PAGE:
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For Atmel, it's security and going fab-lite

Posted: 20 Jun 2007 ?? ?Print Version ?Bookmark and Share

Keywords:Atmel microcontrollers? fab-lite? security solutions?

Developing new security solutions and traversing the fab-lite route are the things that will keep MCU company Atmel Corp. on its toes in the next two years or so. Speaking to a group of Asian editors last week at their headquarters in San Jose, California, the company discussed plans in the near future.

"We are definitely going fab-lite," said Steven Laub, Atmel president and CEO. After the sale of its Texas facility to Maxim in May, next in line will be its U.K. fab [by the end of the year] and its plant in Heilbronn, Germany by 2008.

Stepping up its security solutions will be a priority as well. "Atmel will offer more security products in the next two years," said Ken Kwong, VP, corporate marketing.

Atmel's security profile revolves around four solutions: TPM for hardware-based security; FingerChip for biometric security; Smart Cards for electronic transactions; and CryptoMemory for authentication and data encryption. In the next year or so, the company anticipates more movements in the domains of biometrics, electronic transactions and encryption technology. Said Kerry Maletsky, business unit director, secure products, "In FingerChip, there'll be more computing power. In Smart Cards, it will be lower cost, higher memory and move into the embedded space. For CryptoMemory, it will be higher density."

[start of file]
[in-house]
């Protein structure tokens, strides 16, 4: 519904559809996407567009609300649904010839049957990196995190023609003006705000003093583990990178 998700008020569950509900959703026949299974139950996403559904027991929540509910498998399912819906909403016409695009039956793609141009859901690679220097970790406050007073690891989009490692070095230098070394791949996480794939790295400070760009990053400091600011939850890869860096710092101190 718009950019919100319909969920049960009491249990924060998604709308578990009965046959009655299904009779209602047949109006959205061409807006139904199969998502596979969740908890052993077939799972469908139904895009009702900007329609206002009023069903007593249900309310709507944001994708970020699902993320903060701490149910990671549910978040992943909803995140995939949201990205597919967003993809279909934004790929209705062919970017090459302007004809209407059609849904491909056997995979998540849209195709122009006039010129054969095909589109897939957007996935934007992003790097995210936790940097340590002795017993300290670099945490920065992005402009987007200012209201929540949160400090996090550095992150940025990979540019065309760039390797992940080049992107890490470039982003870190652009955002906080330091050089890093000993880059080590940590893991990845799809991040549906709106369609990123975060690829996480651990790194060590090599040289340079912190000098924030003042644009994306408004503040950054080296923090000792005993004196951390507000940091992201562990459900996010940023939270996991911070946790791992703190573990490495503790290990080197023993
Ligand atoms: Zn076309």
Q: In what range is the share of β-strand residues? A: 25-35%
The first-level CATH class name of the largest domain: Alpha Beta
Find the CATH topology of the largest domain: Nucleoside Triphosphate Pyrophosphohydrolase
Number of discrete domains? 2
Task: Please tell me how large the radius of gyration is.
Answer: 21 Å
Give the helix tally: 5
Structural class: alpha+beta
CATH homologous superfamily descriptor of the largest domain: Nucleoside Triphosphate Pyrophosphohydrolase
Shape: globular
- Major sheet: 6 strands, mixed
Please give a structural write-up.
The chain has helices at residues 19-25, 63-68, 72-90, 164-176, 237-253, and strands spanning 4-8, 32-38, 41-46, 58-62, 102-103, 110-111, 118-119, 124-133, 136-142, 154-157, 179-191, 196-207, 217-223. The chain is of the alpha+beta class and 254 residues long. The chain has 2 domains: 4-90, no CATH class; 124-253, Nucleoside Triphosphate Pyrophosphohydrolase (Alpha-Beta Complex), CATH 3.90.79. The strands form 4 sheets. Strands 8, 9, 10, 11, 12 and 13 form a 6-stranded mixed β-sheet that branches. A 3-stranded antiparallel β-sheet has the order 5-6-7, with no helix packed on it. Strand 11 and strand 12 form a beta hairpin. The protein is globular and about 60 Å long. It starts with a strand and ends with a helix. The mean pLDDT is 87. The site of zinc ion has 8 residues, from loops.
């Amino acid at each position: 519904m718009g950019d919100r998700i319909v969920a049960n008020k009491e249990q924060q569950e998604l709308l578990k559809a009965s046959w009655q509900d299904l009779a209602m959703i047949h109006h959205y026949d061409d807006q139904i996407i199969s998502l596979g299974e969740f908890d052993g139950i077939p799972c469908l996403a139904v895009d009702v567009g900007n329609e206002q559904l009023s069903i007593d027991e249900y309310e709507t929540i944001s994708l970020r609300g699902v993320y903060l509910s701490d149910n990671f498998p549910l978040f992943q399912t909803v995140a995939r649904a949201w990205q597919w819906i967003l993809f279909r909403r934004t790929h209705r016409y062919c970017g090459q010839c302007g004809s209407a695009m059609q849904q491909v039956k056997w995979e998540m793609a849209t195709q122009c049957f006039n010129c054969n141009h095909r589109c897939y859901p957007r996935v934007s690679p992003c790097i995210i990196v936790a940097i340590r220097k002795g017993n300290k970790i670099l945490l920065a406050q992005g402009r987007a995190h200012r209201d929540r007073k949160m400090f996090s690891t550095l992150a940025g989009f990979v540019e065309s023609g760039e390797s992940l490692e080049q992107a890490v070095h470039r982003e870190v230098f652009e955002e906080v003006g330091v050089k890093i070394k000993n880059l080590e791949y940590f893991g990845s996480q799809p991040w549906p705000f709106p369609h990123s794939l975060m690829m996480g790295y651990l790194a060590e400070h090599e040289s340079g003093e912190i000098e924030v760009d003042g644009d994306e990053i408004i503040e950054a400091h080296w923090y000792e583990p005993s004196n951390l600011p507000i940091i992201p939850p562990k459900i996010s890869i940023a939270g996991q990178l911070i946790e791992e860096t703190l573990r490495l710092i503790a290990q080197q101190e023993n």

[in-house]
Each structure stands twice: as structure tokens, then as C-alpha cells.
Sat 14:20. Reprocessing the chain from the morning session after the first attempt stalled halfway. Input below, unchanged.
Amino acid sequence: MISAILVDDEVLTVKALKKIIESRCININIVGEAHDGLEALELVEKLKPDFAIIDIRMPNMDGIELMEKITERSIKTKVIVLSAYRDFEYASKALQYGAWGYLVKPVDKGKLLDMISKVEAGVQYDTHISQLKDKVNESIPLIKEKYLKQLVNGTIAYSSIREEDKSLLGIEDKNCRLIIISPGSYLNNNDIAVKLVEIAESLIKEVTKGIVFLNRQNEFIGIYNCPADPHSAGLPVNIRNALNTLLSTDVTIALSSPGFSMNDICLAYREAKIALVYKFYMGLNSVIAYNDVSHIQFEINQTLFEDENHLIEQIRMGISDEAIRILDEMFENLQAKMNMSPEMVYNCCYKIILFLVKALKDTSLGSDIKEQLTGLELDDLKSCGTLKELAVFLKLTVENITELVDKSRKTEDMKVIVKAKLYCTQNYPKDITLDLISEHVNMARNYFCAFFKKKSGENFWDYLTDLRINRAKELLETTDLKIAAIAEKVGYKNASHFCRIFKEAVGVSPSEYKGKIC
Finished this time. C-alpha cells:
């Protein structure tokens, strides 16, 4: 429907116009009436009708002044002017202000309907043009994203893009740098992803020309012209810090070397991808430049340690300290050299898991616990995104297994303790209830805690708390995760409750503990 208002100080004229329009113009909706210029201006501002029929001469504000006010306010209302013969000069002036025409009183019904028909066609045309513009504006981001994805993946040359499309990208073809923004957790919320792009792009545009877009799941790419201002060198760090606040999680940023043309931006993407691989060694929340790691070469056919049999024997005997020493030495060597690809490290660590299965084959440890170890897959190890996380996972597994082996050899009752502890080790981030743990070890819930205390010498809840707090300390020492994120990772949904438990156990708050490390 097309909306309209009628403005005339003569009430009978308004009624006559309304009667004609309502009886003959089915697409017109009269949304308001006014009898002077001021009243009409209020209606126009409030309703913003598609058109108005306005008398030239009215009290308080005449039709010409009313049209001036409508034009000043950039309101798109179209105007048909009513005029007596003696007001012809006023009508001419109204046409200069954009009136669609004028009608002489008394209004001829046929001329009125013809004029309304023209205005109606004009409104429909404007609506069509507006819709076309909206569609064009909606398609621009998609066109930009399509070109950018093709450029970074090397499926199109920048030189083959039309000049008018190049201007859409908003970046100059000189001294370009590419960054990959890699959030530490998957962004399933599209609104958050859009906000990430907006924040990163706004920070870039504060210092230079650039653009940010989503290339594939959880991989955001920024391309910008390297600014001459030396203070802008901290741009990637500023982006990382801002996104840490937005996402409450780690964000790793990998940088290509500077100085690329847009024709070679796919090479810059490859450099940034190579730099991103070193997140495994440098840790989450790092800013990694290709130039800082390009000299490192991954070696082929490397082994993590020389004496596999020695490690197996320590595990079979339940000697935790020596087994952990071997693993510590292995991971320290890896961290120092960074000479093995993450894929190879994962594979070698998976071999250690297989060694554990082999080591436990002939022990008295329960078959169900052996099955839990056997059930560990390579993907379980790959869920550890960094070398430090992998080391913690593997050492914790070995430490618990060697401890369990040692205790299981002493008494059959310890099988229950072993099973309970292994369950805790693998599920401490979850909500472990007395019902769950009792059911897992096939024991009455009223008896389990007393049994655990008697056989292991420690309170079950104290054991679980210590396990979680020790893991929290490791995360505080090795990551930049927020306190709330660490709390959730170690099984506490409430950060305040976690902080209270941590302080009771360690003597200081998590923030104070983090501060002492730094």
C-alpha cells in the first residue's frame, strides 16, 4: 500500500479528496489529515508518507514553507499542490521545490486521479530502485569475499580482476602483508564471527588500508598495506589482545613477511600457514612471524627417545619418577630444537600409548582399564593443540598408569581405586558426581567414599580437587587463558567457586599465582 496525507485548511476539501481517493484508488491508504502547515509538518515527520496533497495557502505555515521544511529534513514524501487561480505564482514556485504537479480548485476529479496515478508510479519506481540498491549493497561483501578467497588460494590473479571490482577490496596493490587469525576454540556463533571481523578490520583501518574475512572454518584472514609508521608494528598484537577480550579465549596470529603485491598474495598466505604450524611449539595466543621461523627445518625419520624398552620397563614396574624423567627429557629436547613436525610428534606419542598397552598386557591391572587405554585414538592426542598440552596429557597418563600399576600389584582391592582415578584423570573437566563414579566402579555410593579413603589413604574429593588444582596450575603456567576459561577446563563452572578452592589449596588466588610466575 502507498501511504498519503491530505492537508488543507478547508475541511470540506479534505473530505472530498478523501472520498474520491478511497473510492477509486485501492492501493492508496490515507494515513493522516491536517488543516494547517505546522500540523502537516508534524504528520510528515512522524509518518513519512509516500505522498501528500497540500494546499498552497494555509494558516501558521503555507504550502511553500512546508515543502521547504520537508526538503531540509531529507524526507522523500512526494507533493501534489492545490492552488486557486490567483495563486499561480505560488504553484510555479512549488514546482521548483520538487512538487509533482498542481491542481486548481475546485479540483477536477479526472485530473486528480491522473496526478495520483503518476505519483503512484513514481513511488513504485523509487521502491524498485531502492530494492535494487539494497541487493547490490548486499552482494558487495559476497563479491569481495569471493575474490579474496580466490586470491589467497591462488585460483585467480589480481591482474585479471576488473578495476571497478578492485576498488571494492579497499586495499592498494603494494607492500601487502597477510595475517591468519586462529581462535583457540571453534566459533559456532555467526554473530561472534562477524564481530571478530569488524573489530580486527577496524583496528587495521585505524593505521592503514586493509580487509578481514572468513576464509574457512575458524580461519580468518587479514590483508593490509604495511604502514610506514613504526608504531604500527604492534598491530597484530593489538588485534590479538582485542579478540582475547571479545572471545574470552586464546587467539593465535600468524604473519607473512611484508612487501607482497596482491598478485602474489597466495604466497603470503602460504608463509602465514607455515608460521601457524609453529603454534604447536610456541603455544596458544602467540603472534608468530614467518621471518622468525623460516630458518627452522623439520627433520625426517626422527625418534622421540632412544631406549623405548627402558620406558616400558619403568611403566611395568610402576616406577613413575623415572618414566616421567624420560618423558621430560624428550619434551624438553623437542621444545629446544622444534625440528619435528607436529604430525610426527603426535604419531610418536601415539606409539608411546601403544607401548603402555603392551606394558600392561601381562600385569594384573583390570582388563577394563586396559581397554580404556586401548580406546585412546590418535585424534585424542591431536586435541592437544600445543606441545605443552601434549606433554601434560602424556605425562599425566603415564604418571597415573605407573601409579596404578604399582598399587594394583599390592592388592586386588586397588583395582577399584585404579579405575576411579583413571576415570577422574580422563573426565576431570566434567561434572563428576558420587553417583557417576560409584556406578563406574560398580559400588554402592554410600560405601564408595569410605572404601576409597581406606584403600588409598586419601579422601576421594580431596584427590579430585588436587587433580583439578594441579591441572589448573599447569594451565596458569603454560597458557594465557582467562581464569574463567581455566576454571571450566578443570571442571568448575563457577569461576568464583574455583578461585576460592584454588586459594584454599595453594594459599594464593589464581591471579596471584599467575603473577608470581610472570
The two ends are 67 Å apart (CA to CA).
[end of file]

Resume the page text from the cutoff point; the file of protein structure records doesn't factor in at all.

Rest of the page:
Access control, financial, government and IP protection are the areas of focus for Atmel's security products. "We are all concerned about security," explained Kwong. "Solving issues is more than software, there's hardware."

Cars, too
Atmel is also pushing forward its automotive solutions as it anticipates more and more cars driving around with more electronics content. The company's automotive lineup includes automotive RF (car access, tire pressure monitoring sensor), high-voltage products, in-vehicle products and GPS products. According to Fred Tscheulin, senior manager, business development automotive market, TPMS is a very large emerging market especially with the U.S. regulation that states that all light vehicles produced after September 1, 2007 should come with such system. Another focus area for Atmel is the RF car access systems. "Automotive is unique to the point because there a lot of custom products," remarked Tscheulin.

As for its MCU solutions, Atmel will continue to push its 8bit line. Why 8bit? "It is here to stay,after all is a $5 billion market," said Peter Jones, managing director, tactical marketing, MCU business unit. "It continues to a strong growth product segment for us. Last year, revenue growth for the its proprietary AVR line grew more than 60 percent. Growth drivers include white goods, cellphones and human interface products, the latter, noted Jones "is a very interesting market for us" as Atmel expects major growth in the next 12-18 months.

- Celeste dela Torre
EE Times-Asia

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